Things went on a little bit quieter, she was able to tidy and repair the garden walls whilst he helped tidy up here and there, then the garden was dug up again. So it was time to reposition one of the night cameras as they really wanted to have a photo of Wally being very naughty. So a few night came and went with nothing happening and with Easter upon them they forgot all about it.  So it was quite a shock to the authors wife when she found her one and only tyre planter almost destroyed.  Years ago they had been given an old lorry tyre to make a planter with.  It was duly positioned at the top of the drive painted yellow and green and planted with Iris, Black Tulips and Snowdrops, and over the years it had filled out but this morning the bulbs were dug up and the tulip bulbs were gone. The wife  looked at her planter then sat on the edge and cried.  Then she went indoors and told the author who immediately jumped up and fetched the memory card from the camera, loaded it on to his laptop and said ” I think we owe poor Wally an apology look….” and this is what they saw:-

No Wally but these naught not so little piggy wigs rooting for bulbs and such.  So a lesson was learnt, do not blame someone for something unless you are very very certain they did it or you have proof.  SORRY WALLY ALL IS FORGIVEN…….

 

(c)  Michael Douglas Bosc –  Author

 

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Well as you may have seen a while ago up here we have a huge variety of plants some which you will recognize from your own gardens and some which might be new to you.  Whichever way you go please remember these are growing wild like weeds here, and no we don’t use weed killer on them too many birds, anyway a diluted wash of Fairy Liquid does just as well.

Now before I get started there are a few things you should know.

1) gardening up here is totally different from the type of gardening you do round your house.  There you have ample water and boundaries.  Here we have a shortage of water with only 2,000 ltrs of water (2 cubes) to see the garden through the summer (unless we are lucky and get a storm).

2) So this means I garden in a slightly different way.  Most of my garden is down to bulbs so once the hot weather comes only the roses,   pots and an odd drought resistant plant need watering.  But there are also some  really lovely wild plants, with various differences  and

3) Please don’t expect their Latin names as I have no idea what they are. I garden for fun and the love of nature and nothing else. If I see a plant that I like and it is drought tolerant I will buy it, but I have to admit that it’s mostly bulbs.  So here are the pictures of the plants and grasses we live with, grab a cuppa and hope you enjoy them.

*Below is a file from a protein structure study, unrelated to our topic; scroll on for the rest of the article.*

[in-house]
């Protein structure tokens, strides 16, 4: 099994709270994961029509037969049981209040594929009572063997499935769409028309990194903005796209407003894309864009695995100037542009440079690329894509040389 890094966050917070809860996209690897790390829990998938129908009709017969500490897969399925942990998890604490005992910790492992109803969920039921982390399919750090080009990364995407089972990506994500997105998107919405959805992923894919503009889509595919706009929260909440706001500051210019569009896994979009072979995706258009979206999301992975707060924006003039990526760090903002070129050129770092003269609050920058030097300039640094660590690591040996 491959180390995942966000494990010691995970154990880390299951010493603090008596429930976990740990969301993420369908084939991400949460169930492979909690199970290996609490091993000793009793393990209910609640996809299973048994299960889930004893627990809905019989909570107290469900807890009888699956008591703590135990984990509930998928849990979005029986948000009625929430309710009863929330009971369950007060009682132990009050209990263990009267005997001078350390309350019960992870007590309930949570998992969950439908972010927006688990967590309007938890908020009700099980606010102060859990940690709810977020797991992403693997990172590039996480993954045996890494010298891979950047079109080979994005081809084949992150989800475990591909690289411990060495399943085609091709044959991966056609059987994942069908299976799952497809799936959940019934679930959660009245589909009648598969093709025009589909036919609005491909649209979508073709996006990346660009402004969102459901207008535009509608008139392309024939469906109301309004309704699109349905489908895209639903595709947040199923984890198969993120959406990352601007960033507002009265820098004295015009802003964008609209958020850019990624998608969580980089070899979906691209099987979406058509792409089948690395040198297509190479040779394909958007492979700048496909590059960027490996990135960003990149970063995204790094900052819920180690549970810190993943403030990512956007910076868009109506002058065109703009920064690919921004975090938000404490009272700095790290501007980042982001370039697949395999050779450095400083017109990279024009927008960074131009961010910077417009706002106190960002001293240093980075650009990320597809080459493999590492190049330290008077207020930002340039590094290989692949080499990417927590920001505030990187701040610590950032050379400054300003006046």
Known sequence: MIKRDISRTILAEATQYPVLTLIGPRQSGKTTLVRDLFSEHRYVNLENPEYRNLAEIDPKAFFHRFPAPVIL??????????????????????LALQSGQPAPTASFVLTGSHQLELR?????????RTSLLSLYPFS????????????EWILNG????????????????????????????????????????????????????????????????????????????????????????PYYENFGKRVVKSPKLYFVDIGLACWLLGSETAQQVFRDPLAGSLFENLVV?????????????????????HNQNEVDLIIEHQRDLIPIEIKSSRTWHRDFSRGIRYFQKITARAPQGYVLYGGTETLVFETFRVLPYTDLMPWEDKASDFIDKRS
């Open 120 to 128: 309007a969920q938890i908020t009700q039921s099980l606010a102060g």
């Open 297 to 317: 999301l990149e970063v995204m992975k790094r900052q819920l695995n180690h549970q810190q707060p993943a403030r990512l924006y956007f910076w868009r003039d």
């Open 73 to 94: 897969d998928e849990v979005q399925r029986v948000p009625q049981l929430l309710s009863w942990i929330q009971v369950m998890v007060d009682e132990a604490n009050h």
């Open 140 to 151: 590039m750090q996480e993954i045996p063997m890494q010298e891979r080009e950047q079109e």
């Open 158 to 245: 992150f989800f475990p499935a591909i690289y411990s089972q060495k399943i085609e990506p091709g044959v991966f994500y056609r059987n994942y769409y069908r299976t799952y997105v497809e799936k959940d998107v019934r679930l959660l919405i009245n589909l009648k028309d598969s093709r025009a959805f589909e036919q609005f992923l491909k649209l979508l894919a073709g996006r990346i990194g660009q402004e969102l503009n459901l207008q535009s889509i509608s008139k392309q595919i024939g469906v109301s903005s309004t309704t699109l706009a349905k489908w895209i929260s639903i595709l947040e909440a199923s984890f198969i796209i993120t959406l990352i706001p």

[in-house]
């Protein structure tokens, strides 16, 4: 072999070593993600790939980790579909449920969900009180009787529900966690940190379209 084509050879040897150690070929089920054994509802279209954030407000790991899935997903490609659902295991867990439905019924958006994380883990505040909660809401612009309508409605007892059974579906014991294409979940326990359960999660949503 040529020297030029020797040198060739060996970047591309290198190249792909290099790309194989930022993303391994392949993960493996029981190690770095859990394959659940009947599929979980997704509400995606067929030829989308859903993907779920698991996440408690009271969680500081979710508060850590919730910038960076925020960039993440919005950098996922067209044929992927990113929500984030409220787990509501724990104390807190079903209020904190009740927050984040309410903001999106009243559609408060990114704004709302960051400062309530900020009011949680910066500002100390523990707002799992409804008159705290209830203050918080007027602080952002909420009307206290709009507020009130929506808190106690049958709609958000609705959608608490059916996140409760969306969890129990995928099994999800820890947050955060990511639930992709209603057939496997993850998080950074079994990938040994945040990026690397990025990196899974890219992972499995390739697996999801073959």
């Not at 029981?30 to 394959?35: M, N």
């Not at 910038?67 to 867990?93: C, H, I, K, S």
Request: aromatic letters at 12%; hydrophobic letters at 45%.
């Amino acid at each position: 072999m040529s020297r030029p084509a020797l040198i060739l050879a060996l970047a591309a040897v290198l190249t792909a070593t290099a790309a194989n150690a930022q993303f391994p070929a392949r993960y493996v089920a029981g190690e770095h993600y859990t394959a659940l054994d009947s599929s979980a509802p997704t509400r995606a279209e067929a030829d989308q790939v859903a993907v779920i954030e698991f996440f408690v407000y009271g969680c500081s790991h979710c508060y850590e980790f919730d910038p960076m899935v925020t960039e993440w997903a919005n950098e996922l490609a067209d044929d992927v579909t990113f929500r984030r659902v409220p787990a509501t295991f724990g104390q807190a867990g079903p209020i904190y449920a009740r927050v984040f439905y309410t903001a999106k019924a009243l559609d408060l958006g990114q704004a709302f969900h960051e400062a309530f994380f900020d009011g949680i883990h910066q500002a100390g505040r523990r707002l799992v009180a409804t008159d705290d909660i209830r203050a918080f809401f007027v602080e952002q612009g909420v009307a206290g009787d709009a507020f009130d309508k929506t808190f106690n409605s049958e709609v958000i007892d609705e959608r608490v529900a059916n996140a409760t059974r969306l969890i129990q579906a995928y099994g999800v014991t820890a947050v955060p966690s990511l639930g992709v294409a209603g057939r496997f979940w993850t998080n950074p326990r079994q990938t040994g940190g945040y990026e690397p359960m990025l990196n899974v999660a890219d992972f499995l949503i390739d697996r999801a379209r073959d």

There are several varieties of this plant around some with tiny heads, larger ones and one or two with a pinkish centre, all wild and abundant in the forest.  The herbs well there is rosemary, thyme, aniseed, asparagus and fennel the asparagus grows around the base of the olive trees makes lovely omelet’s the local people can be seen at this time of year gathering it from the hedgerows.  As for rosemary that’s everywhere and the thyme I have planted in the back garden to hopefully form a hedge around the lavender garden.  The wild fennel is nothing like the bulb type it’s the feathery leaves we use and I collect the seed heads, this is not easy as it grows during the hot period in the lower field and as is one day the seeds are green then a day later I go to collect and they are gone so this year I shall tie bags around the heads and catch them that way.

The Strawberry Tree and its fruit we have a few growing in another part of our land very sweet but a bit pippy. We also have Carib trees on the farm but I leave these for the animals, the local farmers gather them for their goats and donkeys.

Also the various cacti are beginning to do well Michael made a Cacti Garden on the flat and after a few years it is starting to come together. Even cacti like a little bit of water more often than we get but after experimenting I have moved several of the species that do well in any condition into the garden along with a few my friend has given me.  Although the winter can and unfortunately does take a few the garden is looking well.

 

These are a few poppy photos I have counted 6 different natural varieties my favourite  one is the day poppy that looks like a tulip. (first one up)

  

 

 

 

Ok that’s some of the photos of the wild flowers that abound here.  I am always discovering new ones although I don’t know their name.  But my garden has taken a hammering recently and the culprits have finally been caught on camera…….

(c) Michael Douglas Bosc